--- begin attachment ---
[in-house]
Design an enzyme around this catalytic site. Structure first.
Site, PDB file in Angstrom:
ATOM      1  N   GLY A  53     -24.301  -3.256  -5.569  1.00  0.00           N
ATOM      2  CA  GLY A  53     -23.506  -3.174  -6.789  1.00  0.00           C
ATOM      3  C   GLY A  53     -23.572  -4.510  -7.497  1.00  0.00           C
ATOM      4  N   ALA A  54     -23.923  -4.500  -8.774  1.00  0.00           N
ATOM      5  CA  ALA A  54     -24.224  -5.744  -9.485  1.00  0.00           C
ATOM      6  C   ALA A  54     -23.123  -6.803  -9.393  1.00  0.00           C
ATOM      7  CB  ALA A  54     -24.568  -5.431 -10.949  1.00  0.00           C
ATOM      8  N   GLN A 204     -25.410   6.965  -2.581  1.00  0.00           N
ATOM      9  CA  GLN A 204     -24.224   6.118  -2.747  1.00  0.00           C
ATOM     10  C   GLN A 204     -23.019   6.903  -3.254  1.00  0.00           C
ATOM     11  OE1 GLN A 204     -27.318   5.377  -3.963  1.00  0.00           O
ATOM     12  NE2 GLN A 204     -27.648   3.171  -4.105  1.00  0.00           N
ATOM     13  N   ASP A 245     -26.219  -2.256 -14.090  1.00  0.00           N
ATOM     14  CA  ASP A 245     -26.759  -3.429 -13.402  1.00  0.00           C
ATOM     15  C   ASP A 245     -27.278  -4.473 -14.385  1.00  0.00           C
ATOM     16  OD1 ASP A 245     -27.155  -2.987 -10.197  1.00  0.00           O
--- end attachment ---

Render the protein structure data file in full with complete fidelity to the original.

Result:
[in-house]
Design an enzyme around this catalytic site. Structure first.
Site, PDB file in Angstrom:
ATOM      1  N   GLY A  53     -24.301  -3.256  -5.569  1.00  0.00           N
ATOM      2  CA  GLY A  53     -23.506  -3.174  -6.789  1.00  0.00           C
ATOM      3  C   GLY A  53     -23.572  -4.510  -7.497  1.00  0.00           C
ATOM      4  N   ALA A  54     -23.923  -4.500  -8.774  1.00  0.00           N
ATOM      5  CA  ALA A  54     -24.224  -5.744  -9.485  1.00  0.00           C
ATOM      6  C   ALA A  54     -23.123  -6.803  -9.393  1.00  0.00           C
ATOM      7  CB  ALA A  54     -24.568  -5.431 -10.949  1.00  0.00           C
ATOM      8  N   GLN A 204     -25.410   6.965  -2.581  1.00  0.00           N
ATOM      9  CA  GLN A 204     -24.224   6.118  -2.747  1.00  0.00           C
ATOM     10  C   GLN A 204     -23.019   6.903  -3.254  1.00  0.00           C
ATOM     11  OE1 GLN A 204     -27.318   5.377  -3.963  1.00  0.00           O
ATOM     12  NE2 GLN A 204     -27.648   3.171  -4.105  1.00  0.00           N
ATOM     13  N   ASP A 245     -26.219  -2.256 -14.090  1.00  0.00           N
ATOM     14  CA  ASP A 245     -26.759  -3.429 -13.402  1.00  0.00           C
ATOM     15  C   ASP A 245     -27.278  -4.473 -14.385  1.00  0.00           C
ATOM     16  OD1 ASP A 245     -27.155  -2.987 -10.197  1.00  0.00           O